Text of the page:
Only 48 hours and “God what am I doing in Taraba, I want to go back home” ;That was the feeling. That same day I got to hear about the OBS (Orientation Broadcast Service) for the first time. The OBS in summary is like the radio station/media arm of the camp. Anything to escape parade plus I like to talk so… I sharply went to apply for the post of a presenter. It was love at first sight- as soon as the OBS boss set his eyes on me, he knew I was the chosen one. HAHA! That was my deliverance from parade. That also, would be my deliverance, from a horrible Taraba experience.
The OBS-Gurl. That’s who I became. Lots of people didn’t know my name but they knew I was OBS. Hello-Hi-Smile everywhere and oh the perks! Haha! It was so much Love and Favour fall on me!
I’m sometimes fond of making a statement that if I ever find myself anywhere up North, I’ll be good. The statement is 89% true, thanks to Taraba. I made LOTS of friends (some of whom I still keep in touch with till date). To tell you how “deep”, one time I was homeless in Abuja (story for another day), one of my “from Taraba” friends and her family literally saved my LIFE- they took me in.
I got to learn new things, experience diverse perspectives. For the first time in my life, I met people who had never been to Lagos, didn’t even care to ever want to come because they didn’t even like or fancy Lagos. Wow! All my life, I thought Lagos was “it”, like who doesn’t live in Lagos but here I was… You know, Christopher Poindexter was right when he said “You live beneath the lamp of your own judging”. The funny part is that lots of these people actually were more civilised/exposed than the Lagos people dem! LoL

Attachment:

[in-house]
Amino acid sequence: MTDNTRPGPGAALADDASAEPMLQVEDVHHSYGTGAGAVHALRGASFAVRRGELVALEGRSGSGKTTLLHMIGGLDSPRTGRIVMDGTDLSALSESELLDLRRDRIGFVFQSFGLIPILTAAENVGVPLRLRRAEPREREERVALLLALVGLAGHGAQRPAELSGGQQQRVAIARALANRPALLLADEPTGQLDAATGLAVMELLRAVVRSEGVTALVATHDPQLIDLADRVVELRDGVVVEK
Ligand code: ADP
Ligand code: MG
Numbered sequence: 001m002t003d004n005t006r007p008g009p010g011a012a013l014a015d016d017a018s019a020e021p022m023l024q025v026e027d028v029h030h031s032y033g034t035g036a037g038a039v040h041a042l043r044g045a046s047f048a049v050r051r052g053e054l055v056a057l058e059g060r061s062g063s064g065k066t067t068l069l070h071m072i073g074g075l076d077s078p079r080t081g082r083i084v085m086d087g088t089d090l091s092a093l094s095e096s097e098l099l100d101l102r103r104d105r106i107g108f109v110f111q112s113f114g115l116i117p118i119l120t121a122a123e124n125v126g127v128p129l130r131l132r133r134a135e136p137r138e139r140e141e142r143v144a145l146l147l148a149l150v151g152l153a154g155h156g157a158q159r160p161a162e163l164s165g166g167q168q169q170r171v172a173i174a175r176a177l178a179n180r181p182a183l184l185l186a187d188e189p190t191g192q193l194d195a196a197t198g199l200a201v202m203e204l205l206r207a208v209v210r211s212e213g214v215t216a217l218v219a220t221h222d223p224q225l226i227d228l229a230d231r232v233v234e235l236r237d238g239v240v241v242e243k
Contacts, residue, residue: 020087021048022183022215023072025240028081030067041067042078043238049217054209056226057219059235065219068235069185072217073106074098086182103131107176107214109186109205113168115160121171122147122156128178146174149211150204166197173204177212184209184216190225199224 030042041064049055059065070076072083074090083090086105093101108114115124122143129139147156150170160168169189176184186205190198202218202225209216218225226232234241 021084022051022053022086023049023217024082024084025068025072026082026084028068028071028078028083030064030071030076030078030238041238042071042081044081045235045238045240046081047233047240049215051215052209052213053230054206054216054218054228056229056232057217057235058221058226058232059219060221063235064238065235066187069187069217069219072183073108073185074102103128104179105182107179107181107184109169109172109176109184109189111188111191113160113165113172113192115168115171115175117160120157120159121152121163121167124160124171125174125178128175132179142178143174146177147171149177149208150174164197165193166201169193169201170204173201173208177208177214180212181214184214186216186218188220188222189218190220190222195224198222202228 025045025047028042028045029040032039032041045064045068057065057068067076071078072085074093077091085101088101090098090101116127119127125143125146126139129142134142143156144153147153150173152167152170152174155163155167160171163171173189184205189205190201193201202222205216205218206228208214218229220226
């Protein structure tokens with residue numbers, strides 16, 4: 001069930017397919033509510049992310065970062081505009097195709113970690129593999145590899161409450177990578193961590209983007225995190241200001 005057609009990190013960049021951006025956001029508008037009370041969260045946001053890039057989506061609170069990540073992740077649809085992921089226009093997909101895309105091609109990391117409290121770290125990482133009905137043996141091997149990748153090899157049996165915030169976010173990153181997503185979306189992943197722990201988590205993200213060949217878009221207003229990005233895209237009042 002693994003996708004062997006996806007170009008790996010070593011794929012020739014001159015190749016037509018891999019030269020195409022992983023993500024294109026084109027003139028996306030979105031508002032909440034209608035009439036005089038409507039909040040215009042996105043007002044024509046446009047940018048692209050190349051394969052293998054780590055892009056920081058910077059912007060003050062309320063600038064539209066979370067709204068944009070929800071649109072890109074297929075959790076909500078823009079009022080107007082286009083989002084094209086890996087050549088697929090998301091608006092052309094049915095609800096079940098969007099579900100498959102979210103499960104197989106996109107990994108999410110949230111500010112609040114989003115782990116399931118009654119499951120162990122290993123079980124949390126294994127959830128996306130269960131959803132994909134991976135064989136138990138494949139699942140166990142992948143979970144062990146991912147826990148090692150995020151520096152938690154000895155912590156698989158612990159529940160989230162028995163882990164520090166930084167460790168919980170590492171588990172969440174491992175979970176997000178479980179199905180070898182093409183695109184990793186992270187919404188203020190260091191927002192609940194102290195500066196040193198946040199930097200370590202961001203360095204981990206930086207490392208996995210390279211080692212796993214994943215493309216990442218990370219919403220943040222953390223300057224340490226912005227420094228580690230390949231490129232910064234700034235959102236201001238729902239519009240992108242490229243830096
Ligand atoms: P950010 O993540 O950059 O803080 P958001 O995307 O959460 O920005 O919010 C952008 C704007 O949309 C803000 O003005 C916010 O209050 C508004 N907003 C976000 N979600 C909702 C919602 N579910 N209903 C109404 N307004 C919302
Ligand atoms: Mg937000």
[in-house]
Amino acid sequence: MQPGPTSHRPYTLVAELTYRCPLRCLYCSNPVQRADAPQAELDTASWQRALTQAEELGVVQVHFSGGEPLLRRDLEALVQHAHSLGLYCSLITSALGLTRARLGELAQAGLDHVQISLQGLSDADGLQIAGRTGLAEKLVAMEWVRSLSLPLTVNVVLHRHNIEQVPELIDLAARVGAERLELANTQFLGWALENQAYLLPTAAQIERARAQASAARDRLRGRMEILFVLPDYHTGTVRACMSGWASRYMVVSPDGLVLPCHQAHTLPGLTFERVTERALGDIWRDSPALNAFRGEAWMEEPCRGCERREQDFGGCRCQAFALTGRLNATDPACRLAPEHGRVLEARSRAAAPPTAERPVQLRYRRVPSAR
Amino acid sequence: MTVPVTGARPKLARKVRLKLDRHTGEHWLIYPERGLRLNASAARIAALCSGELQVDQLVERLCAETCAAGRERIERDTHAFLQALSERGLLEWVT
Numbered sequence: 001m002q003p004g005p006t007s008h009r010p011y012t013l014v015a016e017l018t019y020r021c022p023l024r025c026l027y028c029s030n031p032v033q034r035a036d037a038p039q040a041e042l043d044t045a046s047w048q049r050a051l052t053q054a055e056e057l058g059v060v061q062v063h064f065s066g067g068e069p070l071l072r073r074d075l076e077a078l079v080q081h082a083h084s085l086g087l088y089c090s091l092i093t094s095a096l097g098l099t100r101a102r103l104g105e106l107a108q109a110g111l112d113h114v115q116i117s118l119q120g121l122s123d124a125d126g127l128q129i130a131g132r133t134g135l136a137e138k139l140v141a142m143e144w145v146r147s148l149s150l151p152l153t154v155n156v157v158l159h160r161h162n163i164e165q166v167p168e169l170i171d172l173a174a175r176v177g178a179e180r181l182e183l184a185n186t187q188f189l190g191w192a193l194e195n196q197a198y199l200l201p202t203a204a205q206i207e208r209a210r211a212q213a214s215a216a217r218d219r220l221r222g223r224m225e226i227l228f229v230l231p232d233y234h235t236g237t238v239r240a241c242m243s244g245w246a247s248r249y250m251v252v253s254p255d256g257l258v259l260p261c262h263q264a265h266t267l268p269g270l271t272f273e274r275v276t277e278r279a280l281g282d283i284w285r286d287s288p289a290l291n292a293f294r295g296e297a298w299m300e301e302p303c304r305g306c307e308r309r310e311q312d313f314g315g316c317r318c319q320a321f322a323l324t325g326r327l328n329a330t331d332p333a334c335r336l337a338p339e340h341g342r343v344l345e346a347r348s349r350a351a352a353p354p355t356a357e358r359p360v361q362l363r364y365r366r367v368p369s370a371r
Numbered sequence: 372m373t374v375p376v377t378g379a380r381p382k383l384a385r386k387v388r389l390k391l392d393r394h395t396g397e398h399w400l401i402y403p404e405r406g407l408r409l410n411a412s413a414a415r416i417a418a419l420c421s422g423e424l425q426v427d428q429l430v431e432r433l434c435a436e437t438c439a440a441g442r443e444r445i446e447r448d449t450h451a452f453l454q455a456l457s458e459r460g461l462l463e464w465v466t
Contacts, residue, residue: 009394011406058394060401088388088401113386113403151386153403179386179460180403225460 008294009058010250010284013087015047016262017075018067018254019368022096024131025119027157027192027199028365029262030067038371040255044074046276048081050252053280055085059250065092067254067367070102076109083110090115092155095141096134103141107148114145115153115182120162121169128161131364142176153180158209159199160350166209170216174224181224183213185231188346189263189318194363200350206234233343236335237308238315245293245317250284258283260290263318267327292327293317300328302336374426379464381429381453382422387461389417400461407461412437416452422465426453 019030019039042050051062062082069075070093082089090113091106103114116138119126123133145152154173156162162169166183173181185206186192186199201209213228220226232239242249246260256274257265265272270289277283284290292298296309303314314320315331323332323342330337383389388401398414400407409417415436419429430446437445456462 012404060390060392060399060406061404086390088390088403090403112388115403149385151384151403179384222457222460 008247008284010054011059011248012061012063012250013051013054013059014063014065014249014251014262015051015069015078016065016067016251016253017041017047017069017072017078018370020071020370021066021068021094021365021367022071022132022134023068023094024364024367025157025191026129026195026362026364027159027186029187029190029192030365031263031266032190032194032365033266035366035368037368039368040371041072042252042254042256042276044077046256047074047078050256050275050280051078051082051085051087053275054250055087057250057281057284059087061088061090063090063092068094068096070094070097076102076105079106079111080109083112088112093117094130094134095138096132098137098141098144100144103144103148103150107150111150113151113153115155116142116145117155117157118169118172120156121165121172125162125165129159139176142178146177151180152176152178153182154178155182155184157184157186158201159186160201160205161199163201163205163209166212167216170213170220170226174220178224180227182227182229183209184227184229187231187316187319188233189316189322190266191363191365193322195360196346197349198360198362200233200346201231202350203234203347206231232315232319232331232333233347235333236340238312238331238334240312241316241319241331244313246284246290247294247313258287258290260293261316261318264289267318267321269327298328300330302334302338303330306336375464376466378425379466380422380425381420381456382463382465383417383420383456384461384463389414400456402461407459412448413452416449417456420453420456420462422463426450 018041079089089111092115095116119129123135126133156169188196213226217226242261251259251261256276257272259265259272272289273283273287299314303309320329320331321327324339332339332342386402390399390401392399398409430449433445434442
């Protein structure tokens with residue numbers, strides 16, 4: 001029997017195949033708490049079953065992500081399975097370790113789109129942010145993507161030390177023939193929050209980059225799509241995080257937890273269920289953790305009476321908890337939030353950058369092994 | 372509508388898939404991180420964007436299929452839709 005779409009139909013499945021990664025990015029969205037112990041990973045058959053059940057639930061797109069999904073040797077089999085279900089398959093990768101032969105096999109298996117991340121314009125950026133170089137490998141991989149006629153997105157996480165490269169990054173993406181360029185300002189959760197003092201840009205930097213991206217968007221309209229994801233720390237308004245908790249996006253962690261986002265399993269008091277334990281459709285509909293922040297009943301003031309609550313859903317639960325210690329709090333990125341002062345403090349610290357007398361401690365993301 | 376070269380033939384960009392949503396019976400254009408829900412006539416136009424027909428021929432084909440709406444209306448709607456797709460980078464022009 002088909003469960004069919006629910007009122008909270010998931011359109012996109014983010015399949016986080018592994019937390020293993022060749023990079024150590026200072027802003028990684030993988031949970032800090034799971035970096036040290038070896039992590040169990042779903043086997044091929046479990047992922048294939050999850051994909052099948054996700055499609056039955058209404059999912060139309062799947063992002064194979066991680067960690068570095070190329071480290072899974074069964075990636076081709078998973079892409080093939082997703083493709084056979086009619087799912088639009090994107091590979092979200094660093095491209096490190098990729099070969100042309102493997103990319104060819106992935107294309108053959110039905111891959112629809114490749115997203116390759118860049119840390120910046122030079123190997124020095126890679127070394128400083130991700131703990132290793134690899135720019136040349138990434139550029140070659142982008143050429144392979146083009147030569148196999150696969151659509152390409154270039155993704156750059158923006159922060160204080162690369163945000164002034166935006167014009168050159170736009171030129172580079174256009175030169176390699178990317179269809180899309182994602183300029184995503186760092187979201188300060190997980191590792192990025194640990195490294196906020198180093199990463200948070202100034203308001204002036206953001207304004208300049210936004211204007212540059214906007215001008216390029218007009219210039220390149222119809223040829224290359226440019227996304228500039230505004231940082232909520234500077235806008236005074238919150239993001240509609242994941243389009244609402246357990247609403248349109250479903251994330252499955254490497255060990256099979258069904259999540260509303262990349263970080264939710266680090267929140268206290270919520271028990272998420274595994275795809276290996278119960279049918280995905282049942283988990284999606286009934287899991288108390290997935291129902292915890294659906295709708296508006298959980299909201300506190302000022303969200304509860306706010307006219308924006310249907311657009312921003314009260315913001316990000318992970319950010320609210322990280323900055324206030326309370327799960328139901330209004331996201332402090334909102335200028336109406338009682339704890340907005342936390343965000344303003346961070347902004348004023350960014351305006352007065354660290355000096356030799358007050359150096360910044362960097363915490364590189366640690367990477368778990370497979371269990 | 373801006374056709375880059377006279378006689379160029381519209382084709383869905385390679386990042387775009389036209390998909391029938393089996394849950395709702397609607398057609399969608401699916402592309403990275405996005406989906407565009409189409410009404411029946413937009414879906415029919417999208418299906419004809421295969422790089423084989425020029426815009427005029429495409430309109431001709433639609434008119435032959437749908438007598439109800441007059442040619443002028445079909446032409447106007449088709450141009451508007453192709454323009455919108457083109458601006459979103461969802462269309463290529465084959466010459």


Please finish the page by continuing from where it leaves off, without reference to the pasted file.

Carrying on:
I also never got to pay for anything. My friends were so kind that we ended up eating dinner every-night together on a mat and they paid for it. Breakfast was mostly bread from the general dining (one of the perks of being OBS was that we got the fattest share of the calf. LoL). Lunch also got sorted or paid for somehow. Kai I saved money ehnnn, came back from NYSC with 30billion! LoLL.
If you’ve ever heard me speak some kadan-kadan (little) Hausa, it’s all thanks to Taraba. I had masa for the first time alongside kunun shinkafa. I got to find out aya was called Tiger-nut in English and last-but-least-not, I fell in love in camp (hahaha please don’t probe. Thank you. LoL).
You know it’s amazing how oft-times, the “unplanned, unexpected” moments of our lives end up being the best yet. Taraba taught me that no matter where I find myself, I’ll be fine by 2 things:
- God is with me and I KNOW He is
- I abide in LOVE and choose to enjoy and make the best use of the moment
For the rest of my life, Taraba will always be one of my best life-moments and it’s not because it was a beautiful place, it’s only because we made LOVE happen.
Fast forward to the day I left camp… I WEPT! Oh I cried! Such a beautiful life, I didn’t want it to end; I didn’t want to go!
TARABA 2013. I’ll choose you again, and again!
Roll-Call: Sadiq, Shamagana, Salama, Diwang, Ayomitunde, BJ, Layefa, Bashar, Raj, Ahmad, Shamsuddeen, Mu’ammar, Imma, Uncle Mac, Dan-Fulani, Aunty Rose, Mr Ray, Mr Ben, Mr Clement, Fatima, Ahmed FK,… Thank You! You will always be part of my awesome life-memories.